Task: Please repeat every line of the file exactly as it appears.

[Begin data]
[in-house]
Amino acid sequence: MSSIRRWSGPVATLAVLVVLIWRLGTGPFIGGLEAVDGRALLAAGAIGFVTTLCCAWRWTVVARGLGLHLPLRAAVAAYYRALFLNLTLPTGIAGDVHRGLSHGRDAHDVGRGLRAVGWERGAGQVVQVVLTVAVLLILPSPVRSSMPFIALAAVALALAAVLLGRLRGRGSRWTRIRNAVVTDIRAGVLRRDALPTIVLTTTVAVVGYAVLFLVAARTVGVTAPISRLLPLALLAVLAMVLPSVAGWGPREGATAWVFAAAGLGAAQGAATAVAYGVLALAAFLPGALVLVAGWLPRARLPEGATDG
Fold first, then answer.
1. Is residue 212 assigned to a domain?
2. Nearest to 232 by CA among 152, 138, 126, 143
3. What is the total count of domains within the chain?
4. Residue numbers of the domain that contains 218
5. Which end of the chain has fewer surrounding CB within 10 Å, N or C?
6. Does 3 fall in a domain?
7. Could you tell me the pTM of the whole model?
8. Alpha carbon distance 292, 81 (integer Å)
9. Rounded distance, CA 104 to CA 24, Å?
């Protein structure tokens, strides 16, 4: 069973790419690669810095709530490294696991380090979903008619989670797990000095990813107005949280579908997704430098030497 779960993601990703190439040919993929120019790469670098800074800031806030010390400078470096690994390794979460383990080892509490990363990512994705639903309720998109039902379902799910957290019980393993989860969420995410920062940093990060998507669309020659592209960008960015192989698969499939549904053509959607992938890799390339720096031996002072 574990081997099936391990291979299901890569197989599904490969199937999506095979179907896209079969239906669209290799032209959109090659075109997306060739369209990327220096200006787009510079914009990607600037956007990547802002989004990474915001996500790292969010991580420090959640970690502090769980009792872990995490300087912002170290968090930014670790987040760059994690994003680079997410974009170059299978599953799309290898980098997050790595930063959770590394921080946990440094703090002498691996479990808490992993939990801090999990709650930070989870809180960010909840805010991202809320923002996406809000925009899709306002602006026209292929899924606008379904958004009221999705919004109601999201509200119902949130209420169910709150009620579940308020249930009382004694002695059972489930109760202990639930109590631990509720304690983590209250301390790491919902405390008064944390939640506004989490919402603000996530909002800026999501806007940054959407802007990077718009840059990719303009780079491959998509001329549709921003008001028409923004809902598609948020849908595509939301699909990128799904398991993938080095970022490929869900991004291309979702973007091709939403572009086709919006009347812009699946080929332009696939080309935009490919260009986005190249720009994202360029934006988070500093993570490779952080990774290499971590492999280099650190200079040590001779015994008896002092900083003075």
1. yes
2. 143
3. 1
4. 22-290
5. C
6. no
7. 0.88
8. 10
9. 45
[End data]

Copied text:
[in-house]
Amino acid sequence: MSSIRRWSGPVATLAVLVVLIWRLGTGPFIGGLEAVDGRALLAAGAIGFVTTLCCAWRWTVVARGLGLHLPLRAAVAAYYRALFLNLTLPTGIAGDVHRGLSHGRDAHDVGRGLRAVGWERGAGQVVQVVLTVAVLLILPSPVRSSMPFIALAAVALALAAVLLGRLRGRGSRWTRIRNAVVTDIRAGVLRRDALPTIVLTTTVAVVGYAVLFLVAARTVGVTAPISRLLPLALLAVLAMVLPSVAGWGPREGATAWVFAAAGLGAAQGAATAVAYGVLALAAFLPGALVLVAGWLPRARLPEGATDG
Fold first, then answer.
1. Is residue 212 assigned to a domain?
2. Nearest to 232 by CA among 152, 138, 126, 143
3. What is the total count of domains within the chain?
4. Residue numbers of the domain that contains 218
5. Which end of the chain has fewer surrounding CB within 10 Å, N or C?
6. Does 3 fall in a domain?
7. Could you tell me the pTM of the whole model?
8. Alpha carbon distance 292, 81 (integer Å)
9. Rounded distance, CA 104 to CA 24, Å?
């Protein structure tokens, strides 16, 4: 069973790419690669810095709530490294696991380090979903008619989670797990000095990813107005949280579908997704430098030497 779960993601990703190439040919993929120019790469670098800074800031806030010390400078470096690994390794979460383990080892509490990363990512994705639903309720998109039902379902799910957290019980393993989860969420995410920062940093990060998507669309020659592209960008960015192989698969499939549904053509959607992938890799390339720096031996002072 574990081997099936391990291979299901890569197989599904490969199937999506095979179907896209079969239906669209290799032209959109090659075109997306060739369209990327220096200006787009510079914009990607600037956007990547802002989004990474915001996500790292969010991580420090959640970690502090769980009792872990995490300087912002170290968090930014670790987040760059994690994003680079997410974009170059299978599953799309290898980098997050790595930063959770590394921080946990440094703090002498691996479990808490992993939990801090999990709650930070989870809180960010909840805010991202809320923002996406809000925009899709306002602006026209292929899924606008379904958004009221999705919004109601999201509200119902949130209420169910709150009620579940308020249930009382004694002695059972489930109760202990639930109590631990509720304690983590209250301390790491919902405390008064944390939640506004989490919402603000996530909002800026999501806007940054959407802007990077718009840059990719303009780079491959998509001329549709921003008001028409923004809902598609948020849908595509939301699909990128799904398991993938080095970022490929869900991004291309979702973007091709939403572009086709919006009347812009699946080929332009696939080309935009490919260009986005190249720009994202360029934006988070500093993570490779952080990774290499971590492999280099650190200079040590001779015994008896002092900083003075």
1. yes
2. 143
3. 1
4. 22-290
5. C
6. no
7. 0.88
8. 10
9. 45